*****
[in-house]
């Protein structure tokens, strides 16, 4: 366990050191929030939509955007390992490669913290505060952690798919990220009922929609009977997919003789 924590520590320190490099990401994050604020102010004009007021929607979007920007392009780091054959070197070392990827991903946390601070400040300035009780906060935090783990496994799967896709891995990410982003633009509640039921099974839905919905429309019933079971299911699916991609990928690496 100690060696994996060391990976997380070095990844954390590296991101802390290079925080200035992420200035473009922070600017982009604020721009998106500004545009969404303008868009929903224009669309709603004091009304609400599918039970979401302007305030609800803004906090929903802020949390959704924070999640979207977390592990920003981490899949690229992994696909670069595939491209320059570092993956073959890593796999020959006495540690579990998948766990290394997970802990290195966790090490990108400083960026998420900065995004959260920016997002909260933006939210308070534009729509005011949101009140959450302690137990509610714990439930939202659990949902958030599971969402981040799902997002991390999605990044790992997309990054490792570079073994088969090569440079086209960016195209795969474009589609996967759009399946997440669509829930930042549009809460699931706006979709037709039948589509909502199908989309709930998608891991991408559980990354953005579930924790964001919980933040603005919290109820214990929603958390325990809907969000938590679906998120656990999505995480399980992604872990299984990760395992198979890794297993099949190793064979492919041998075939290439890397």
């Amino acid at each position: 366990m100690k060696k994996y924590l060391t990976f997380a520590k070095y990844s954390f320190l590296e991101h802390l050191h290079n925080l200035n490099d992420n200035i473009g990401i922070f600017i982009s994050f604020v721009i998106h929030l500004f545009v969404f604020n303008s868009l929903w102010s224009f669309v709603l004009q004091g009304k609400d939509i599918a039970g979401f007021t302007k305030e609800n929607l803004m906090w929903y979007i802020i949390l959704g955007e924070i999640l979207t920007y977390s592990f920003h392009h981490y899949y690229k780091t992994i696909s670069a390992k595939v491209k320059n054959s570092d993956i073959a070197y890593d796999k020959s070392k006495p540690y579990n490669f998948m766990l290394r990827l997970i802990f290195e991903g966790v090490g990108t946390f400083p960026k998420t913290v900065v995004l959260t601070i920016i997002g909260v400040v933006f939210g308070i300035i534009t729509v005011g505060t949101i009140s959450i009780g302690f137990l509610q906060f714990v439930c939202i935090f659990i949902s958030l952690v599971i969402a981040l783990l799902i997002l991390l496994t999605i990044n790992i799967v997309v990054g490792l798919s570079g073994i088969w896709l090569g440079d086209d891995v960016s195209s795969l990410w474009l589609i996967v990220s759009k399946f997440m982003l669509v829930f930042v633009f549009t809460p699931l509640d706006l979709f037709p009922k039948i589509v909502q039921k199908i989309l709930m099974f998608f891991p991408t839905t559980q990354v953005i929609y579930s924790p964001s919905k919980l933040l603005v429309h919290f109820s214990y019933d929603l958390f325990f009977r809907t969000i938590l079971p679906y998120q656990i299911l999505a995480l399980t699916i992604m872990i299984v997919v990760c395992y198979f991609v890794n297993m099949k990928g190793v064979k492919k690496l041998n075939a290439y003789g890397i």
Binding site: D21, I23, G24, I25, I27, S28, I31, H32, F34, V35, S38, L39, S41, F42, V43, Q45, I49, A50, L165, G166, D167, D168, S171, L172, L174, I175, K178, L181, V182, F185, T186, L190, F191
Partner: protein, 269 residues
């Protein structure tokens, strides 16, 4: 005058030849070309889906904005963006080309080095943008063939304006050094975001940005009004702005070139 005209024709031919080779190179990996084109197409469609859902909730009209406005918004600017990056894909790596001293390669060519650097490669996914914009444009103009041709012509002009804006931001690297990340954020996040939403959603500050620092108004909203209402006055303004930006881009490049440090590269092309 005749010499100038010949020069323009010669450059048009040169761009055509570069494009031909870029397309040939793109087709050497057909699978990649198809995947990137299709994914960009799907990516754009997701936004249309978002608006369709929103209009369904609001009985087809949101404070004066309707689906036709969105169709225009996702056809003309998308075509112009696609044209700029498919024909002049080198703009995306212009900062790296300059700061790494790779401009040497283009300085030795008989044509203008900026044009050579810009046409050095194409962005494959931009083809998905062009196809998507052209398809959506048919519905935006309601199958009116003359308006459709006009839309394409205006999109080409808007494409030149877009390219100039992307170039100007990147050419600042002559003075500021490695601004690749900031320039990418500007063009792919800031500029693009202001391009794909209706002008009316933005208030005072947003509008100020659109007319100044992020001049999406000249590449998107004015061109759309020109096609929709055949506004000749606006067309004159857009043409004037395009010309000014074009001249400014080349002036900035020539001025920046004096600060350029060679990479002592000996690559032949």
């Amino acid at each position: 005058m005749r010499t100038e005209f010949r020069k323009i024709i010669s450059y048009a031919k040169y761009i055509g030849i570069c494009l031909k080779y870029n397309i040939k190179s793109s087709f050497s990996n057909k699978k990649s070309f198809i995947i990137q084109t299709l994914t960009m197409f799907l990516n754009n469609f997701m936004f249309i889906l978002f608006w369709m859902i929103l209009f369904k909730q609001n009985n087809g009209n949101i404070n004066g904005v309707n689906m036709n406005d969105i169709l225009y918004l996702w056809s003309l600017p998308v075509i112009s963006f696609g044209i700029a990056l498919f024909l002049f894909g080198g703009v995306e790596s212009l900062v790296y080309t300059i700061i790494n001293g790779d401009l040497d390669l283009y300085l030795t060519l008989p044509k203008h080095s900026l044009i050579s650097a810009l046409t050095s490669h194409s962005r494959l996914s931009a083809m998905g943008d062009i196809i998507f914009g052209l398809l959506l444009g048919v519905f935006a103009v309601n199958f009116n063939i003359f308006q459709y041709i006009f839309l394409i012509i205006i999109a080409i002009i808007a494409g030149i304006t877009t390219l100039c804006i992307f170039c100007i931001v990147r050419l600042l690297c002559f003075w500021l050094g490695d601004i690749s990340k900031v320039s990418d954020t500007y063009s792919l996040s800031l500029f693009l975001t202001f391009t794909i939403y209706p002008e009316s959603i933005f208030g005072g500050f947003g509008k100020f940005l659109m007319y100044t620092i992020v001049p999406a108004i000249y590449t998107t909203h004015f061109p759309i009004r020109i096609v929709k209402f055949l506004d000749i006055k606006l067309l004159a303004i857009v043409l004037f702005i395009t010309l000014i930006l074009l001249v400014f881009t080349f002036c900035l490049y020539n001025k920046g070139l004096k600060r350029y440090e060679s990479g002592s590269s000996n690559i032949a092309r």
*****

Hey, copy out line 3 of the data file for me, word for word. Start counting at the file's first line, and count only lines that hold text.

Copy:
């Amino acid at each position: 366990m100690k060696k994996y924590l060391t990976f997380a520590k070095y990844s954390f320190l590296e991101h802390l050191h290079n925080l200035n490099d992420n200035i473009g990401i922070f600017i982009s994050f604020v721009i998106h929030l500004f545009v969404f604020n303008s868009l929903w102010s224009f669309v709603l004009q004091g009304k609400d939509i599918a039970g979401f007021t302007k305030e609800n929607l803004m906090w929903y979007i802020i949390l959704g955007e924070i999640l979207t920007y977390s592990f920003h392009h981490y899949y690229k780091t992994i696909s670069a390992k595939v491209k320059n054959s570092d993956i073959a070197y890593d796999k020959s070392k006495p540690y579990n490669f998948m766990l290394r990827l997970i802990f290195e991903g966790v090490g990108t946390f400083p960026k998420t913290v900065v995004l959260t601070i920016i997002g909260v400040v933006f939210g308070i300035i534009t729509v005011g505060t949101i009140s959450i009780g302690f137990l509610q906060f714990v439930c939202i935090f659990i949902s958030l952690v599971i969402a981040l783990l799902i997002l991390l496994t999605i990044n790992i799967v997309v990054g490792l798919s570079g073994i088969w896709l090569g440079d086209d891995v960016s195209s795969l990410w474009l589609i996967v990220s759009k399946f997440m982003l669509v829930f930042v633009f549009t809460p699931l509640d706006l979709f037709p009922k039948i589509v909502q039921k199908i989309l709930m099974f998608f891991p991408t839905t559980q990354v953005i929609y579930s924790p964001s919905k919980l933040l603005v429309h919290f109820s214990y019933d929603l958390f325990f009977r809907t969000i938590l079971p679906y998120q656990i299911l999505a995480l399980t699916i992604m872990i299984v997919v990760c395992y198979f991609v890794n297993m099949k990928g190793v064979k492919k690496l041998n075939a290439y003789g890397i």